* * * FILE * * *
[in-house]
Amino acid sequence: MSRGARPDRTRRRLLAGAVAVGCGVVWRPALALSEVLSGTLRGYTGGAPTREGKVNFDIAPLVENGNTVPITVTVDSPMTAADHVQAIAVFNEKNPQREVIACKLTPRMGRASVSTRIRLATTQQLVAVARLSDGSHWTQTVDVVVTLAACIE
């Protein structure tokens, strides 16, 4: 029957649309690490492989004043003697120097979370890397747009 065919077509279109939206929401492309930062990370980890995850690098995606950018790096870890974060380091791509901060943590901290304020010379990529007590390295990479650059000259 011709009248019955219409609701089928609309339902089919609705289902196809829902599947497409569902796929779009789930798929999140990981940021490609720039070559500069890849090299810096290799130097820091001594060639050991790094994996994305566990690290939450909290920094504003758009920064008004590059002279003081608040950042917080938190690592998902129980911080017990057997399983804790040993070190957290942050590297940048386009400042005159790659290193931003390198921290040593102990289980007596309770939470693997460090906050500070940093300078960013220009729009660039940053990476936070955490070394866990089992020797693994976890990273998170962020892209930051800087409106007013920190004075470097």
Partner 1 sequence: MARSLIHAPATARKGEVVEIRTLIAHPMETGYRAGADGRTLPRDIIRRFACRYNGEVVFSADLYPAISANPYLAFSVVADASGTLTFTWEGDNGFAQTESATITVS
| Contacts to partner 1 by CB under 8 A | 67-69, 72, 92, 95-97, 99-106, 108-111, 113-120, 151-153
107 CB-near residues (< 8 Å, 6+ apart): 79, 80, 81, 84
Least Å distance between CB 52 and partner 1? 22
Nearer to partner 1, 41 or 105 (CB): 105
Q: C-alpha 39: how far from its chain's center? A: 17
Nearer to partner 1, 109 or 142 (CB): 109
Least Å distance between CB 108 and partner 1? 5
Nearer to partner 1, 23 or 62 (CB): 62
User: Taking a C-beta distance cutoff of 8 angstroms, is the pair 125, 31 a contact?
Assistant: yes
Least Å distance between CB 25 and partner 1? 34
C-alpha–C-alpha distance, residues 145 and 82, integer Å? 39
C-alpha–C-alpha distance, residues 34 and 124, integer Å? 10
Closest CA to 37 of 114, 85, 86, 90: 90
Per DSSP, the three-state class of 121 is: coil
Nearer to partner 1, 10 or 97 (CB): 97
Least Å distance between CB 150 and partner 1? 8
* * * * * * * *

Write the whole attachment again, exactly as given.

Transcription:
[in-house]
Amino acid sequence: MSRGARPDRTRRRLLAGAVAVGCGVVWRPALALSEVLSGTLRGYTGGAPTREGKVNFDIAPLVENGNTVPITVTVDSPMTAADHVQAIAVFNEKNPQREVIACKLTPRMGRASVSTRIRLATTQQLVAVARLSDGSHWTQTVDVVVTLAACIE
């Protein structure tokens, strides 16, 4: 029957649309690490492989004043003697120097979370890397747009 065919077509279109939206929401492309930062990370980890995850690098995606950018790096870890974060380091791509901060943590901290304020010379990529007590390295990479650059000259 011709009248019955219409609701089928609309339902089919609705289902196809829902599947497409569902796929779009789930798929999140990981940021490609720039070559500069890849090299810096290799130097820091001594060639050991790094994996994305566990690290939450909290920094504003758009920064008004590059002279003081608040950042917080938190690592998902129980911080017990057997399983804790040993070190957290942050590297940048386009400042005159790659290193931003390198921290040593102990289980007596309770939470693997460090906050500070940093300078960013220009729009660039940053990476936070955490070394866990089992020797693994976890990273998170962020892209930051800087409106007013920190004075470097």
Partner 1 sequence: MARSLIHAPATARKGEVVEIRTLIAHPMETGYRAGADGRTLPRDIIRRFACRYNGEVVFSADLYPAISANPYLAFSVVADASGTLTFTWEGDNGFAQTESATITVS
| Contacts to partner 1 by CB under 8 A | 67-69, 72, 92, 95-97, 99-106, 108-111, 113-120, 151-153
107 CB-near residues (< 8 Å, 6+ apart): 79, 80, 81, 84
Least Å distance between CB 52 and partner 1? 22
Nearer to partner 1, 41 or 105 (CB): 105
Q: C-alpha 39: how far from its chain's center? A: 17
Nearer to partner 1, 109 or 142 (CB): 109
Least Å distance between CB 108 and partner 1? 5
Nearer to partner 1, 23 or 62 (CB): 62
User: Taking a C-beta distance cutoff of 8 angstroms, is the pair 125, 31 a contact?
Assistant: yes
Least Å distance between CB 25 and partner 1? 34
C-alpha–C-alpha distance, residues 145 and 82, integer Å? 39
C-alpha–C-alpha distance, residues 34 and 124, integer Å? 10
Closest CA to 37 of 114, 85, 86, 90: 90
Per DSSP, the three-state class of 121 is: coil
Nearer to partner 1, 10 or 97 (CB): 97
Least Å distance between CB 150 and partner 1? 8